Sibling Bereavement: Helping Children Cope With Loss
by Ann Farrant

Review

Ann Farrant tells the stories of adults who experienced the death of a brother or sister during childhood, in this much needed book. "When a brother or sister dies," she writes, "the children left behind are mourning not only the loss of that sibling, but also the loss of the shape of the family." Using case studies, she describes the aftermath of sibling death. For some, this meant being neglected by grieving parents; for others it meant being targeted for the parents' subsequent anger. Farrant makes it clear that the death itself is only the beginning, and documents the social and psychological damage resulting from the lost "shape of the family." Sadly, many of her subjects were telling their stories for the first time, never having had the support necessary, as children, to grieve the loss. Children, says Farrant, need to have the enormity of the loss acknowledged at the time.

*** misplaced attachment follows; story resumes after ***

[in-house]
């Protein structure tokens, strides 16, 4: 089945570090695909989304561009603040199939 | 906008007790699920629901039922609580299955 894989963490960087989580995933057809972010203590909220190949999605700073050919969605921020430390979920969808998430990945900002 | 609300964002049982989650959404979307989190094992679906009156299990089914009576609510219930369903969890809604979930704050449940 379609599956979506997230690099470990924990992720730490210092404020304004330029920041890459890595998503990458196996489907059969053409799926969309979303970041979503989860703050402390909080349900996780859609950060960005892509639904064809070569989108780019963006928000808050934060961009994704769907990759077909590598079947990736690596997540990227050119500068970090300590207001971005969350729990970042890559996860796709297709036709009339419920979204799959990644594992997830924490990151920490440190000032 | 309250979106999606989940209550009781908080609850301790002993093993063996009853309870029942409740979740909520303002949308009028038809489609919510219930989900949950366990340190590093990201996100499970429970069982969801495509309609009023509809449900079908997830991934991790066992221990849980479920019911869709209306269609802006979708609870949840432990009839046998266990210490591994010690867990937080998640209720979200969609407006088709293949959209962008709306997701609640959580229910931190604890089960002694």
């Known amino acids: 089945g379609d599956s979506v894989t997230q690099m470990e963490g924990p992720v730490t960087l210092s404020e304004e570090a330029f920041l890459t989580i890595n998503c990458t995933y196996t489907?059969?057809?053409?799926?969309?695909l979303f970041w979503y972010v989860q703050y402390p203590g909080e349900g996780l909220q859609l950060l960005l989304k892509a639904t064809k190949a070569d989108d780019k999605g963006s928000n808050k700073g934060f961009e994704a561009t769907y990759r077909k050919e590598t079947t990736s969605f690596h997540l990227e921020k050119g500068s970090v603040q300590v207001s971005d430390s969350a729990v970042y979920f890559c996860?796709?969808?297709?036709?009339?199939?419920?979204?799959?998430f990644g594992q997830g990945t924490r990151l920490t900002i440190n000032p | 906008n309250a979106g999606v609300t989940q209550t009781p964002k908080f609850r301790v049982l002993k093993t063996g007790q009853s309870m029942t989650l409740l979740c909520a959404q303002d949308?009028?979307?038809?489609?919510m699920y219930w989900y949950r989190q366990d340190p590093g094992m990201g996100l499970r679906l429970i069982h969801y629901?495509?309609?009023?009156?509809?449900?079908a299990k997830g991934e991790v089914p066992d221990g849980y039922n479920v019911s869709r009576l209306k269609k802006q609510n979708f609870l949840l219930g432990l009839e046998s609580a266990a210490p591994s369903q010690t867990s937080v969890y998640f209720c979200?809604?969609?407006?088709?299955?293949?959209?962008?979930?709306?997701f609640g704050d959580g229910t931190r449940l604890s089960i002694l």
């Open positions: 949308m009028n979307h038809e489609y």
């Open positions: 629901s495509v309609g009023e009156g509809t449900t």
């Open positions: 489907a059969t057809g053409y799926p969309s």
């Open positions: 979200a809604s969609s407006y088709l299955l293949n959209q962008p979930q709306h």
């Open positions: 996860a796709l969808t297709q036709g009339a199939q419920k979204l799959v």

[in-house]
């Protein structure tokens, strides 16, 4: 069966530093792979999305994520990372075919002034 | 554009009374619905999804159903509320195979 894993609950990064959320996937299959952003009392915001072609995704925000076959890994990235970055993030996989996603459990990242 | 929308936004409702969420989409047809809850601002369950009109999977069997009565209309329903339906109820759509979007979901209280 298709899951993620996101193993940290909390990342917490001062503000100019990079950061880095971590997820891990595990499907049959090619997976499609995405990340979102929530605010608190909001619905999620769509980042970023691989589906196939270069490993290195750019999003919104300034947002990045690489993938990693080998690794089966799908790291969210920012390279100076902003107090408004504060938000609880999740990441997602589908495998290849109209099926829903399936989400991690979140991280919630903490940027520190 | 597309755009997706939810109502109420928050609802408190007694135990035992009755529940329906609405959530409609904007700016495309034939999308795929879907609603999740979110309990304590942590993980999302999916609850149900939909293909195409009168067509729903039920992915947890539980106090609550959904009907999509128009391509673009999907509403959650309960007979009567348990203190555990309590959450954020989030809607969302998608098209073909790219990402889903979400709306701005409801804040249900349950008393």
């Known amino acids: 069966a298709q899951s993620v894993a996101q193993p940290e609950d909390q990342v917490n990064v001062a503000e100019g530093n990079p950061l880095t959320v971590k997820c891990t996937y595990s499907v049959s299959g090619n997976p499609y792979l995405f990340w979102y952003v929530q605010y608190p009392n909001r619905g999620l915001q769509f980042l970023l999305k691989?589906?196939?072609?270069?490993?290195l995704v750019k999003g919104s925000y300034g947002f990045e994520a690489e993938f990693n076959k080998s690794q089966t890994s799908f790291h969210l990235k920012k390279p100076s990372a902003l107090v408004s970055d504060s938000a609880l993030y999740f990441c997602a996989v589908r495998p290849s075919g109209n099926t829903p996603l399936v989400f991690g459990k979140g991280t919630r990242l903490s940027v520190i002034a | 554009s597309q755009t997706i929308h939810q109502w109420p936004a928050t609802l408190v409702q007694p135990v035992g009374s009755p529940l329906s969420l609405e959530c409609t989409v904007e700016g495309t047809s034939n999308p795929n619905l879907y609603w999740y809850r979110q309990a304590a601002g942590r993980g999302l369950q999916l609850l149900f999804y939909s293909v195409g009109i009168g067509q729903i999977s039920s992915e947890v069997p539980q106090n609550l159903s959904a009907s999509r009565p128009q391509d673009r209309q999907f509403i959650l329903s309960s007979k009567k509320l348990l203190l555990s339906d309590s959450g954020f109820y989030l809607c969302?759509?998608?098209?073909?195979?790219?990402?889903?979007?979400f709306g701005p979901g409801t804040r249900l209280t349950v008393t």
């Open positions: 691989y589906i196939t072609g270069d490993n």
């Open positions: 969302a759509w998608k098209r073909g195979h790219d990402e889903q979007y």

The author looks at this problem from a historical perspective and weaves together the experiences of those she interviewed with sibling loss in the lives of well-known individuals such as J.M. Barrie, Charlotte Bronte, and Vincent Van Gogh. She touches on the role of literature in society's view of childhood loss, and cites recent works as evidence of encouraging changes in our understanding of how death affects children.

I liked this book and, as a clinician, find it a useful tool in working with adults who are just beginning to grieve an early loss. I recommend it for any adult who lost a brother or sister during childhood. Despite the serious subject matter, it is easy to read and leads the reader towards a hopeful future.

 

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